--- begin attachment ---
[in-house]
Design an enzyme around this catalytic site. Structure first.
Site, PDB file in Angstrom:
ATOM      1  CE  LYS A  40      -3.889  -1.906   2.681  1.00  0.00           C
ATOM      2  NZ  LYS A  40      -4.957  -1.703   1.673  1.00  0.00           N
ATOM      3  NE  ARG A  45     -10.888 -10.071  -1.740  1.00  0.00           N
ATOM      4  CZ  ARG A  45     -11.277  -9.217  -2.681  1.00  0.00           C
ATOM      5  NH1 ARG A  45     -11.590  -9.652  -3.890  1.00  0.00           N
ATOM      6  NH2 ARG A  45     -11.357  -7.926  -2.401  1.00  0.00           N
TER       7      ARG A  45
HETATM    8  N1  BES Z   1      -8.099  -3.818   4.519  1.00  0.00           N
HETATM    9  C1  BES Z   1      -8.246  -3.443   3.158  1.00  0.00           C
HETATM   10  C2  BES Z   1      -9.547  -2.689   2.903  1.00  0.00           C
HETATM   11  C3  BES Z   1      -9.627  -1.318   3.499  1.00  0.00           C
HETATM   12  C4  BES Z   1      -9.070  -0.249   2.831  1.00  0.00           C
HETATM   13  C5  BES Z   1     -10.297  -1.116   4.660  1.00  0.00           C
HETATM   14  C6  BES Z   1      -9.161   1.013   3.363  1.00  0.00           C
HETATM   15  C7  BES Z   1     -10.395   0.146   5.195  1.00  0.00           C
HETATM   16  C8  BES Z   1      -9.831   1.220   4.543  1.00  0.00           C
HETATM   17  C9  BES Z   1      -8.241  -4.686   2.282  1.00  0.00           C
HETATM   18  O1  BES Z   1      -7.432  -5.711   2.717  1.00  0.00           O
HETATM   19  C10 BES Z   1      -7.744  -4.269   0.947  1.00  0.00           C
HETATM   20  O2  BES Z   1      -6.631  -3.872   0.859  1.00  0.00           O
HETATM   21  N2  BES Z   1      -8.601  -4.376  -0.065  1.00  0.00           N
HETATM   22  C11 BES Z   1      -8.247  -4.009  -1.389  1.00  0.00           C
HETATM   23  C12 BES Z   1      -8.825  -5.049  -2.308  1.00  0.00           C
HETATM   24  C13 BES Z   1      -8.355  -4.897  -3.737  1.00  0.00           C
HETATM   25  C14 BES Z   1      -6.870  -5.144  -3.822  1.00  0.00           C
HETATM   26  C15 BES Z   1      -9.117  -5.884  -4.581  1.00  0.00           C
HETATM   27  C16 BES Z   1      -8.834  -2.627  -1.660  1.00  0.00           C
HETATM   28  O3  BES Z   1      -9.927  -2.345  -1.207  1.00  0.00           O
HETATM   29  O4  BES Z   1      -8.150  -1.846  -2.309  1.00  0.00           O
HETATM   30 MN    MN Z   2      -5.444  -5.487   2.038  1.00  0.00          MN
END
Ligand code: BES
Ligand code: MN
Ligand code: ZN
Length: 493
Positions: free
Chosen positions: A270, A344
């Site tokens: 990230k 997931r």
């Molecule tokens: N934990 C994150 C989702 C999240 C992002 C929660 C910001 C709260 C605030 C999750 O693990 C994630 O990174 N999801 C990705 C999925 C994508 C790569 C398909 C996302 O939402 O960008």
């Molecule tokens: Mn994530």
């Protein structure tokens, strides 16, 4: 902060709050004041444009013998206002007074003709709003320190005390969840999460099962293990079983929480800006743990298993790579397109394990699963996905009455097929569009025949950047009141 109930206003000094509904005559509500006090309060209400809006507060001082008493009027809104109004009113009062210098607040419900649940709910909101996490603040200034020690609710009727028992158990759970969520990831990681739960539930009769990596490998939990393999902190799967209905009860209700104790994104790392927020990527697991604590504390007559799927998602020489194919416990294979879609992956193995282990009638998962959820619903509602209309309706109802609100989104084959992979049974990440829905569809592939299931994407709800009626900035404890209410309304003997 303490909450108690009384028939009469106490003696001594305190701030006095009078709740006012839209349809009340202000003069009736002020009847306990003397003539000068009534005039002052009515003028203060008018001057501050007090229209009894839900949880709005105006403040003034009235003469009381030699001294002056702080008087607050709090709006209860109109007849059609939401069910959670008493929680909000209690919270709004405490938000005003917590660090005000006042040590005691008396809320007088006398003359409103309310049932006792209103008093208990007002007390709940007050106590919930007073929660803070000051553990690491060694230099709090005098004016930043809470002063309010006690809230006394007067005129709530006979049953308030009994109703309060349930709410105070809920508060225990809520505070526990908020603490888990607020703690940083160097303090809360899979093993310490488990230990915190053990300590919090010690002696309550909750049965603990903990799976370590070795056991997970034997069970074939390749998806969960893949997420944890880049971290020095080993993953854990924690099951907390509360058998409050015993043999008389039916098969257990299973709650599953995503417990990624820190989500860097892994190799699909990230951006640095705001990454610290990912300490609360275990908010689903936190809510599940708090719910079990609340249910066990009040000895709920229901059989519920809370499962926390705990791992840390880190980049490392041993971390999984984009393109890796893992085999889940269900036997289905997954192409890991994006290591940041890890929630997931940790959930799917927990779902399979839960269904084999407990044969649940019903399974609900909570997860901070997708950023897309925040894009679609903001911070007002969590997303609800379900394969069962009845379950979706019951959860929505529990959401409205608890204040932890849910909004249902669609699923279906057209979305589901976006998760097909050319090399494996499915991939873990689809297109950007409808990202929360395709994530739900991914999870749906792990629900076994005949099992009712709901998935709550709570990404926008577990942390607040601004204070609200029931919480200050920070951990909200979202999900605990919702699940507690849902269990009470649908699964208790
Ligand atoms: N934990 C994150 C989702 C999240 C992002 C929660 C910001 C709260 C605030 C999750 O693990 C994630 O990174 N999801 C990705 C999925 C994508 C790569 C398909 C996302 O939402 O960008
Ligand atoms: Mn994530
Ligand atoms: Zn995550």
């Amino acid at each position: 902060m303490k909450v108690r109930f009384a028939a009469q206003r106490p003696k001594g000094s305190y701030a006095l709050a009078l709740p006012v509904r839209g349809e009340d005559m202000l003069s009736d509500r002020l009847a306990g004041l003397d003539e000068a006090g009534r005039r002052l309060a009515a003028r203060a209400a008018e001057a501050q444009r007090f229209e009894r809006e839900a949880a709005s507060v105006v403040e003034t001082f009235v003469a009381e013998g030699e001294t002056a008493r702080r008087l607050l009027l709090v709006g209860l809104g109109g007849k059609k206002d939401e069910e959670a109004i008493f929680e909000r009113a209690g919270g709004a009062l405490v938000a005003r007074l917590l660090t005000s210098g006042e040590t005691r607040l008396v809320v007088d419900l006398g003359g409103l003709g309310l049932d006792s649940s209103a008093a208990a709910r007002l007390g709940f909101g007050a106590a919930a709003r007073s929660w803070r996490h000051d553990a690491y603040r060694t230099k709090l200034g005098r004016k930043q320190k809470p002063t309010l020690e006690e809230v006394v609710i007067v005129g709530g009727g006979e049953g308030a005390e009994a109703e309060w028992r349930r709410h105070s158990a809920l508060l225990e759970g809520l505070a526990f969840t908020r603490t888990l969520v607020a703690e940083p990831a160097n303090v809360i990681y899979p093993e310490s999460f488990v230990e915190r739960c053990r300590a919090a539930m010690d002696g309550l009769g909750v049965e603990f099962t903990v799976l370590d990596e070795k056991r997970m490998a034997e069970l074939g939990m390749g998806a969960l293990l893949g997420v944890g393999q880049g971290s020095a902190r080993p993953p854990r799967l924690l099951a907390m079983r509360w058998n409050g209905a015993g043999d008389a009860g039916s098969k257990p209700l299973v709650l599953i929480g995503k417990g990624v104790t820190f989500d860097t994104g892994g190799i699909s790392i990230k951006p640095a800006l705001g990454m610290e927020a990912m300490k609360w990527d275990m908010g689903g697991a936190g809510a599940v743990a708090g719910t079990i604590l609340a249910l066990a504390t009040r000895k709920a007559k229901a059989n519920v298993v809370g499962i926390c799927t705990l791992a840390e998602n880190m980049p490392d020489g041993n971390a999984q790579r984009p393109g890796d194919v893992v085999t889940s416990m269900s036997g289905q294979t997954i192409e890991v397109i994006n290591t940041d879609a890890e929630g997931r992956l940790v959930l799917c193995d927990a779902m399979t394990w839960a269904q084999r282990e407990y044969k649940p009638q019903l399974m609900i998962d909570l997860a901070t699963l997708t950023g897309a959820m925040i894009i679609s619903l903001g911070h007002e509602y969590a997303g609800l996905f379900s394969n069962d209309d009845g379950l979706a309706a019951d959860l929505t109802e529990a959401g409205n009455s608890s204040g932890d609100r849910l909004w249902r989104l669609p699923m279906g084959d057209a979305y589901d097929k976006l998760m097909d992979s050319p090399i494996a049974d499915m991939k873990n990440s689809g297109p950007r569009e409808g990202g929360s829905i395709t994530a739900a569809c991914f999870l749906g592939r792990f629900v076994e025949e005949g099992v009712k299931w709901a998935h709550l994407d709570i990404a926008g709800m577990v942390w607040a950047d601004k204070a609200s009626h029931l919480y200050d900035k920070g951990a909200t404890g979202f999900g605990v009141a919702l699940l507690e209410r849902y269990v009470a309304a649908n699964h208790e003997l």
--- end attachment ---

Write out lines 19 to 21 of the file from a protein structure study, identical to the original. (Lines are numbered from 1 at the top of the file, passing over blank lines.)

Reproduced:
HETATM   16  C8  BES Z   1      -9.831   1.220   4.543  1.00  0.00           C
HETATM   17  C9  BES Z   1      -8.241  -4.686   2.282  1.00  0.00           C
HETATM   18  O1  BES Z   1      -7.432  -5.711   2.717  1.00  0.00           O